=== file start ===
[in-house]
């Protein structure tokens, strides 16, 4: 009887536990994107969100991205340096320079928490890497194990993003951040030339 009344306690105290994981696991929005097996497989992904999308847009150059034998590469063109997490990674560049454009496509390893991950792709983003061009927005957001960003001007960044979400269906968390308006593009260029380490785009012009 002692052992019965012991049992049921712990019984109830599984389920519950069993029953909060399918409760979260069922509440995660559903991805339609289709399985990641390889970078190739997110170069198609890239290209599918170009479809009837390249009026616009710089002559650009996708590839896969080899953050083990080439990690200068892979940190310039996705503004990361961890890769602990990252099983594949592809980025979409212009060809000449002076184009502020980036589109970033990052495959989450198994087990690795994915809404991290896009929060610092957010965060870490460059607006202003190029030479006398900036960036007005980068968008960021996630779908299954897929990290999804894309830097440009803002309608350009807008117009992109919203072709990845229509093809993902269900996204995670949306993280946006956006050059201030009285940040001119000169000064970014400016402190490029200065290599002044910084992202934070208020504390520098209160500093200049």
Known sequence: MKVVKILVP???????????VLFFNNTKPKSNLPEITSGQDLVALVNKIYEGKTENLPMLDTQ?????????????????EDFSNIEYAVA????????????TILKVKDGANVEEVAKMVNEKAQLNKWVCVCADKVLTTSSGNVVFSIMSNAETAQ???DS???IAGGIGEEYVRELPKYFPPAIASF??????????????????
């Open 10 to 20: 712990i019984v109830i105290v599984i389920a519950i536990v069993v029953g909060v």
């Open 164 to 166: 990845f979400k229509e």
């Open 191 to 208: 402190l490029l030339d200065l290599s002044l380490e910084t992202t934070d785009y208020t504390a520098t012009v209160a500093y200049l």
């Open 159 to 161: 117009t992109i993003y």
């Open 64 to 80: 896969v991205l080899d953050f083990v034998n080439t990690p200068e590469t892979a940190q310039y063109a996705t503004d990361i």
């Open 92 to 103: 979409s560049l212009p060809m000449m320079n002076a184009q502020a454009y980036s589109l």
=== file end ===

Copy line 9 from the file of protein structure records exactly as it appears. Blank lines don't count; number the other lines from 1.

């Open 92 to 103: 979409s560049l212009p060809m000449m320079n002076a184009q502020a454009y980036s589109l």